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Why Teensy is Better Than Arduino

Sat, 10 Apr 2010 00:22:18 EST

A Teensy ++
I have primarily used a Teensy and Teensy 2.0 for the majority of the hardware prototyping work I have done over the last year. First off, I want to fully disclose what prompted me to write this article. Paul Stoffregen of pjrc.com and I have been exchanging email about some rare issues I am having with the Teensy 2.0 related to my specific use case. If you have ever conversed with Paul; you can sincerely tell that he loves his products and will go the extra mile to support them. I wanted to write this article in order to highlight why I prefer using a Teensy over the insanely popular Arduino for prototyping hardware concepts. I have used an Arduino in the past for work concerning the Motion Sensing Telegraph, so I have experience with both platforms.

A summary of the highlights of Teensy:
1.Can emulate several USB devices without the need of expensive additional integrated circuitry.
2.Extensive, liberally licensed code examples at pjrc.com that provide unprecedented access to USB device classes.
3.The board is very affordable
4.The board is very small
5.Loading code is easy
6.You can program in C without a hassle

The main reason I started using a Teensy was because it uses a microcontroller that can do USB natively without the use of additional circuitry like the Arduino. The Arduino relies heavily upon FTDIs popular FT232RL chip that converts TTL to serial emulated USB in hardware. The FT232RL is an insanely expensive integrated circuit typically running around $3.50.

The second reason I prefer the Teensy platform is that it provides so much more opportunity to get closer to the mysterious USB device classes. Paul has written several well documented applications that allow rapid prototyping in C. Although it's not my preferred methodology, you can also use the Arduino programming environment to program the Teensy. Paul calls this "Teensyduino" and has a lot of great resources on his site for it.

You can get a Teensy 2.0 for $20 or less. An Arduino from other distributors will cost you over $30.

The Teensy is an extremely small board that is very well designed. You could fit four or five Teensy's into the surface area of one Arduino. This makes the board great for embedding into discrete projects like the TDI Web Log's stationary bike racing project.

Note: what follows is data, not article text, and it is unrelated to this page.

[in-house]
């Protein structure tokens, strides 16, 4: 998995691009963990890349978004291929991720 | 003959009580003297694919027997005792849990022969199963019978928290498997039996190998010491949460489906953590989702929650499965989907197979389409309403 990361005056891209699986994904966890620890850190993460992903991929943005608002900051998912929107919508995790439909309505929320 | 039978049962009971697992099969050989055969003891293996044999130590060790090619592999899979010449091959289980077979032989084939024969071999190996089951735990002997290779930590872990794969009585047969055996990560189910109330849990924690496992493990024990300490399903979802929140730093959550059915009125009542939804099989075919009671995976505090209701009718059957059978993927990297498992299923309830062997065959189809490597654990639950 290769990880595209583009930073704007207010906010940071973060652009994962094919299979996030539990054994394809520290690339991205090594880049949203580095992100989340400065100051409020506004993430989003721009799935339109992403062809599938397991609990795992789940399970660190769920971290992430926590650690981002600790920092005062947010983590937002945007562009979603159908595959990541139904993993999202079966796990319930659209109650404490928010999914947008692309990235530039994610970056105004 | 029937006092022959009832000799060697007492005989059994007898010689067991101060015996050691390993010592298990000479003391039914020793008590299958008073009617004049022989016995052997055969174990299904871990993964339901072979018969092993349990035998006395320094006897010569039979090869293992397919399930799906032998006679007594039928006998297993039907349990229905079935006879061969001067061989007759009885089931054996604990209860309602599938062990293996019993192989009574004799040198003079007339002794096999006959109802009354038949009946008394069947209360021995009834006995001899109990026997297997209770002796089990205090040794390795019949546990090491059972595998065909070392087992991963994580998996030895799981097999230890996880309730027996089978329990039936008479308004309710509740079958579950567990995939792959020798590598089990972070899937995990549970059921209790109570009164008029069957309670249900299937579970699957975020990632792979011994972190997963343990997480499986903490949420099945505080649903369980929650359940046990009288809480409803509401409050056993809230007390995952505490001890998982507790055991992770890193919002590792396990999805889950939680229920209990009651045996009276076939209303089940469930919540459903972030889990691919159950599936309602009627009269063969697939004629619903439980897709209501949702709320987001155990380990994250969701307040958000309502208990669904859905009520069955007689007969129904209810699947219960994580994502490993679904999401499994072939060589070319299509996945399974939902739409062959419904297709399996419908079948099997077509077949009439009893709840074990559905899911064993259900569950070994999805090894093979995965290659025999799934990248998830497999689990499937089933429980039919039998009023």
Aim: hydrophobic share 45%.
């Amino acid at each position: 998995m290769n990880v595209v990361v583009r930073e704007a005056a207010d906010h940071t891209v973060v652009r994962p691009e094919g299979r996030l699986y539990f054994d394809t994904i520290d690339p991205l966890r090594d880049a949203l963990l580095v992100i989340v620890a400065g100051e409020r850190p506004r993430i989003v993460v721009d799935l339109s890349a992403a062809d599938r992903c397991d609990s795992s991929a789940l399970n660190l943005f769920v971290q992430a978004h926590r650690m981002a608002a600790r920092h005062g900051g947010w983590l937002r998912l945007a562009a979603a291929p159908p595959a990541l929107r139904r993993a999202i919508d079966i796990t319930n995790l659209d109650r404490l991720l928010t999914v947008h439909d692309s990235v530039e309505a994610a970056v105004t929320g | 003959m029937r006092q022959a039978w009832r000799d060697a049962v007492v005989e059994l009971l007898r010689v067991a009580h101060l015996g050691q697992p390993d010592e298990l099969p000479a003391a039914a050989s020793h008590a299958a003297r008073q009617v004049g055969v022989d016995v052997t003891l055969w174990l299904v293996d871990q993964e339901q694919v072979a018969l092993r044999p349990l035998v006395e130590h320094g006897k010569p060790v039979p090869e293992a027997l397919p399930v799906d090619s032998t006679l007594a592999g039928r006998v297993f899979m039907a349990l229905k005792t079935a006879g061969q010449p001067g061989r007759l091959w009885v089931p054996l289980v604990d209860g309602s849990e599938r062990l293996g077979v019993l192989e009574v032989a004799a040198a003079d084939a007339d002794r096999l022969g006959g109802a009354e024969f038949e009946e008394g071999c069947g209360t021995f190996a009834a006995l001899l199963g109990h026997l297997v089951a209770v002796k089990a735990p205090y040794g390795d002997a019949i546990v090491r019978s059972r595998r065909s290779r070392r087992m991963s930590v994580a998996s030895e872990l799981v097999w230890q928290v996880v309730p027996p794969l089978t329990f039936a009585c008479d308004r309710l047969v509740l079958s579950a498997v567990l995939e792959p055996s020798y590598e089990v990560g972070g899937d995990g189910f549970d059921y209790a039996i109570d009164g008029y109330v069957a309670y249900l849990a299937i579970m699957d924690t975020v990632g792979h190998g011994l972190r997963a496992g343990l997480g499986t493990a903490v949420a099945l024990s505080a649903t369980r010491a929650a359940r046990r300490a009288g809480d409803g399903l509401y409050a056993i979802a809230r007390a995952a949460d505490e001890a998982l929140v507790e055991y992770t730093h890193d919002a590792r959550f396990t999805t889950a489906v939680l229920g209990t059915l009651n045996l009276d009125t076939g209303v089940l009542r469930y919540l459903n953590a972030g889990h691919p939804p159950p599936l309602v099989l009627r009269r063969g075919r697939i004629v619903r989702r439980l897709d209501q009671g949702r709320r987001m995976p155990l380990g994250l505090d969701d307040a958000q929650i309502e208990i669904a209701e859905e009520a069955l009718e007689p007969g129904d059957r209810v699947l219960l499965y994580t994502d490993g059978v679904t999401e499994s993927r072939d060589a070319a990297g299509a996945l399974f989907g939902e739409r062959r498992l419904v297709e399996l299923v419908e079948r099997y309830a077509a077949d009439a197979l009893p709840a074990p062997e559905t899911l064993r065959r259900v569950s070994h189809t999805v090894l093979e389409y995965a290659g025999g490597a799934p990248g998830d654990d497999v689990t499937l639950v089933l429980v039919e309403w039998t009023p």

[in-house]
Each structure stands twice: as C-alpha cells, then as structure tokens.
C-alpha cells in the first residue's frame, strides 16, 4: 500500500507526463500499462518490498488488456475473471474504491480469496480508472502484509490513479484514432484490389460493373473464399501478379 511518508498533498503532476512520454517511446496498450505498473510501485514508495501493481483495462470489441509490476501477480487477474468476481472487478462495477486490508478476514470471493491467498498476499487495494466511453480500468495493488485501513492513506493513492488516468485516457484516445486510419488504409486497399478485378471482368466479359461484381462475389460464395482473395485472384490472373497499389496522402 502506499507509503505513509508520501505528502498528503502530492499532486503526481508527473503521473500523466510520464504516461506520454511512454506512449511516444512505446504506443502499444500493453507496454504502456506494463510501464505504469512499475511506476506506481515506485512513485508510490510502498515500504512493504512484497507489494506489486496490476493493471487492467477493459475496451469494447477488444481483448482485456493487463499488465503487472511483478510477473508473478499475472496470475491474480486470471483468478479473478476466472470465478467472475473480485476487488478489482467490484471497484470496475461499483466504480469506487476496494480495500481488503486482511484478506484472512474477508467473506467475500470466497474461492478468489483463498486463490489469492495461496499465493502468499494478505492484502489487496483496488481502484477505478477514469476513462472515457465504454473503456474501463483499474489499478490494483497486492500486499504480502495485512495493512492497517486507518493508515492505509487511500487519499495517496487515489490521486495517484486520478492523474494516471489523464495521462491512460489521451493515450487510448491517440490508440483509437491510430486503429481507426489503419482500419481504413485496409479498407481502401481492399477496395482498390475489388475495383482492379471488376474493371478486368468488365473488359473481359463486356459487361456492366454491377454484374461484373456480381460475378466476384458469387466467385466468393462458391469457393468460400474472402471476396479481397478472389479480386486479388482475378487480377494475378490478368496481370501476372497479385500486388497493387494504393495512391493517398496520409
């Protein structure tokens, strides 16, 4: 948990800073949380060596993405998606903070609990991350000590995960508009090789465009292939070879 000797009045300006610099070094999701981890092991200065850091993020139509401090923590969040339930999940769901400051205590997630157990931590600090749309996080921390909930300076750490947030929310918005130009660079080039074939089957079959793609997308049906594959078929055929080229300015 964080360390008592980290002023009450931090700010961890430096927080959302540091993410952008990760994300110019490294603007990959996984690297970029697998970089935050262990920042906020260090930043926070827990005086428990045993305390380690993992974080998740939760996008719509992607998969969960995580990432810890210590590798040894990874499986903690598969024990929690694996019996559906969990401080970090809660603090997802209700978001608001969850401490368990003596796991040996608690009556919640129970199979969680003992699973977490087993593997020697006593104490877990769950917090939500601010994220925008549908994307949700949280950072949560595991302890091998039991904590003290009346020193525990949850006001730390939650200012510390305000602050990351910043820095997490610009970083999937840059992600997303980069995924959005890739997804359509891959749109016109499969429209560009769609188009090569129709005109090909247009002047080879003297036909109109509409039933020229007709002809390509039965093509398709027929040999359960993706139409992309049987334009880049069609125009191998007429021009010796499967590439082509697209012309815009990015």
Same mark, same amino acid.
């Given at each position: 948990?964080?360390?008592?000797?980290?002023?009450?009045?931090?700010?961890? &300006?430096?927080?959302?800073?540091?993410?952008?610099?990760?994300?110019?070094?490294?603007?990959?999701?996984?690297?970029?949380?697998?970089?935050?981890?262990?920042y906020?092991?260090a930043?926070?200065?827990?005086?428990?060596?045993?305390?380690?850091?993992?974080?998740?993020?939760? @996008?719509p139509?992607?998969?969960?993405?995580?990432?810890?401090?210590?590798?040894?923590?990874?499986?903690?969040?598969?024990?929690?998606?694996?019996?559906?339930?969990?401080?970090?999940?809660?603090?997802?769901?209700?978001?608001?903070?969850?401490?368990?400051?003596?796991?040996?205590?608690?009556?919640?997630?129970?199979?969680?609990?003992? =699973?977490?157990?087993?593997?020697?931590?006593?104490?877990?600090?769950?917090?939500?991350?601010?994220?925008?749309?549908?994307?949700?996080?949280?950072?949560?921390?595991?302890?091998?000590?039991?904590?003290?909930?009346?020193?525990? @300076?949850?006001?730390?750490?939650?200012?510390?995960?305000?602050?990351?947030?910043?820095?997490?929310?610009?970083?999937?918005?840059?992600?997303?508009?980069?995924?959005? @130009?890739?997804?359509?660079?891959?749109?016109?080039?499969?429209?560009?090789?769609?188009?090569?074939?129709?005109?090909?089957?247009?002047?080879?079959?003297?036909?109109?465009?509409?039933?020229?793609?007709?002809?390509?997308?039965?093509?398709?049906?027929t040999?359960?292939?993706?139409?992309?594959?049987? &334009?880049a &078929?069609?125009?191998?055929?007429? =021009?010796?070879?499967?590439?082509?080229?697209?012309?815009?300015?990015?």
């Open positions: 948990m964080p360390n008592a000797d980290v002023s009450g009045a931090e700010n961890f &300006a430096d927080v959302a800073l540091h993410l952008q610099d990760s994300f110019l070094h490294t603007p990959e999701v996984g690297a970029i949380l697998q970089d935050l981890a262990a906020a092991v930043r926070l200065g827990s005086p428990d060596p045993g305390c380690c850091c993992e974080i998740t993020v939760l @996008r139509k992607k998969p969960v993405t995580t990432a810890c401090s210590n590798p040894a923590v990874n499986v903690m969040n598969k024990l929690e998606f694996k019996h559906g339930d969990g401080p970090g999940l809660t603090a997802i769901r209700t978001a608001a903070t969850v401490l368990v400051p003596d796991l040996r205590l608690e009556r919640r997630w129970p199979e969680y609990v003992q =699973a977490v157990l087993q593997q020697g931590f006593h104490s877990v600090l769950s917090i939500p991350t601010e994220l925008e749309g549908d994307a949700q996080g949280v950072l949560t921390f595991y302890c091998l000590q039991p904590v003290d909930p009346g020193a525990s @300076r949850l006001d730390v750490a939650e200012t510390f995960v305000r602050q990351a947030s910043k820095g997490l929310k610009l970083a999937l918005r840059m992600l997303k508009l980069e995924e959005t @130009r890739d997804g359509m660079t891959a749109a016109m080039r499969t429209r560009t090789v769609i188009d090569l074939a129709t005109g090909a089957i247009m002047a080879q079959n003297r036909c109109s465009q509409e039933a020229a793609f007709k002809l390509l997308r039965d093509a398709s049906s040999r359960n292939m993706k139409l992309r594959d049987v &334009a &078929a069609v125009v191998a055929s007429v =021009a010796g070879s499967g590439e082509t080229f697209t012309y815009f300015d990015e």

I really prefer the Teensy because it lets me get much closer to the hardware by programming in C and not processing like the Arduino. If you decide to try and load C onto Arduino you will quickly find confusing and poor documentation. This is not the case with the Teensy. Although the board can be used with the Arduino development environment, I personally think pjrc does a lot better job at documenting work with C.

In summary I really think the Teensy is a much better decision for moderately experienced people interested in a rapid prototyping environment. The examples will help you become a better Atmel C programmer, and that will apply to programming many other microcontrollers. You are not relegated to the relatively small programming environment offered by Arduino. If you make the investment and learn how to program in C with Teensy, you will effectively be able to easily utilize the entire Atmel processor family in future projects.

Charles Palen has been involved in the technology sector for several years. His formal education focused on Enterprise Database Administration. He currently works as the principal software architect and manager at Transcending Digital where he can be hired for your next contract project. Charles is a full stack developer who has been on the front lines of small business and enterprise for over 10 years. Charles current expertise covers the areas of .NET, Java, PHP, Node.js, Javascript, HTML, and CSS. Charles created Technogumbo in 2008 as a way to share lessons learned while making original products.

Comments

chris
chris
October 26, 2010 6:15 pm

All the teensy boards, are compatible for the ps3 hack... I'm pretty sure if sony wasn't so stubborn and offered a fully unlocked gpu to the linux community the drive to hack the ps3 would have been much smaller.. but now people can backup their games... I hear Dvd ripping on the ps3 is in development... It will rip a dvd real fast using the built-in spu's from the processor.. for my legal purposes, i'm glad I settled with the teensy, I like how it runs C code... PWM for speed controls and servo's and the tutorial kit comes with temperature a sensor... I will be working on a Climate control system for a green house and this seems to be a very cost effective Unit..

Charles
Charles
October 18, 2010 7:41 pm

I didn't know it was being used for PS3 jailbreaking. That's pretty neat. Thanks for posting it.

Reply to Jack
Reply to Jack
October 18, 2010 5:25 pm

Thats because Teensy++ 2 boards are in high demand due to their use in Jailbreaking the PlayStation 3.

Charles
Charles
September 17, 2010 08:39 am

I always get mine straight from the creator, Paul at pjrc.com

Jack
Jack
September 16, 2010 8:59 pm

Where can i buy a Teensy 2.0 board they are all sold out in the online stores i find em in :(

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